I like what you draw and I think you're making a good start at figuring out anatomy.
The one useful thing I feel I can point out is that most of your drawings are of slender people with angular faces. Which is nice and all, but it makes me wonder if you're able to draw short, fat people or boxy, muscular people too. Not everyone looks like a fashion model! It's almost like anime disease but I don't think you draw in an overly generic way.. it's just that pointy chins and slim bodies remind me of it.
As for your writing, I can offer a few observations:
You have to get rid of this stuff. It makes the prose feel rudimentary. You need to be economical with words and these are wasted space. Can you structure the conversation so that it's obvious who is speaking? Are we a third party or are we mainly viewing the situation through the eyes of one person, so that it is unnecessary to name her? Is it better to say
"Still dark outside, ain't it?" He exclaimed, leaning back on his chair. Agatha looked up from the cards and then looked outside through a window behind the man.
His gruff voice reverberated through the glassware.
"Still dark outside."
Eyes narrowed, she nodded agreement.
Maybe this is not what you want to convey about the characters, but it's shorter and cleaner to my eyes. It relates audio-visual moments rather than straight dialogue. You do this occasionally (he blows on his cigarette, the nice little diversion after that when she checks her cards) but not enough.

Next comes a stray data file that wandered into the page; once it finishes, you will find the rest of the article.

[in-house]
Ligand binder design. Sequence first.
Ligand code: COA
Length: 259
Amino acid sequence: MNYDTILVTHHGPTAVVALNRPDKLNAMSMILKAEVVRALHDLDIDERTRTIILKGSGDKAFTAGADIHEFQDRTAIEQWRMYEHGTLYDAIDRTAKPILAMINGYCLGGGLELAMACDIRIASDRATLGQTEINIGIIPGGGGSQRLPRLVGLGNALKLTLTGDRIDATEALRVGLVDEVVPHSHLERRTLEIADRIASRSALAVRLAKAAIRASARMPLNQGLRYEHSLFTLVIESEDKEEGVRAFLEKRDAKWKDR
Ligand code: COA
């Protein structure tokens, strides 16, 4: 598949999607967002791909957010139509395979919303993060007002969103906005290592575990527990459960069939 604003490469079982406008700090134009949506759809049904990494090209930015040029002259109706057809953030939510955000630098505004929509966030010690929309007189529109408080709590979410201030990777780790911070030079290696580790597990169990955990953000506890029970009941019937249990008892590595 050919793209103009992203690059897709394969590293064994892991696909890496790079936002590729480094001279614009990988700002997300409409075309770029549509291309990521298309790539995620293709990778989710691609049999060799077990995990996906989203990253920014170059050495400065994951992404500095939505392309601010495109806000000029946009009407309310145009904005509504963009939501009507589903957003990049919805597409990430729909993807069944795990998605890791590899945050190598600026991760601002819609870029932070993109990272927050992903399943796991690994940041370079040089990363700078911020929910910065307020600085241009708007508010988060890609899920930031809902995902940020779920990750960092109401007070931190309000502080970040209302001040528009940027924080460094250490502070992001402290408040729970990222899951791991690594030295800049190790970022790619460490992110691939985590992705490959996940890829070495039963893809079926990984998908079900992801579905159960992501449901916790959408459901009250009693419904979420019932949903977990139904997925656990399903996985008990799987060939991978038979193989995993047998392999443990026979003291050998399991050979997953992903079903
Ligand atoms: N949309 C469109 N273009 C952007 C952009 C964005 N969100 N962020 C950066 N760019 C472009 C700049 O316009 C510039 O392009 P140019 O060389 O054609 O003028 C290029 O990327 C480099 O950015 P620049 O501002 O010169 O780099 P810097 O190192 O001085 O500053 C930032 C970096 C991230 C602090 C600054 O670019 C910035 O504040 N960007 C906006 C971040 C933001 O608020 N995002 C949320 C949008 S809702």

You sometimes have interesting scenes that are killed by overly technical writing.
"Blackjack, sister." He said, then took the playing cards. Afterwards, his thick and stubbed fingers distributed the next hand.
"Blackjack, sister." He began to shuffle, the glossy cards slipping through his stubby fingers.
Does this work as a kind of metaphor for his conversational victory? The idea that he might not even deserve victory? Is it a chest-thumping gesture that forms a part of his negotiation? What would it feel like to watch him, and would it matter that you'd feel that way? Try to make everything serve a purpose. Never just write he did this and that and it was adjective.
You violate a lot of these guidelines.
I think this is worth a read. Look at what you did wrong according to the article, and defend your choices from it. If you feel like giving in on any point, that the advice would
make for a better story, then do your best to wean yourself from these habits.
On the other hand, I think you establish a clear voice for these characters in the story. What they actually say to each other is restrained and careful and seems to convey a great sense of personality for such a short piece.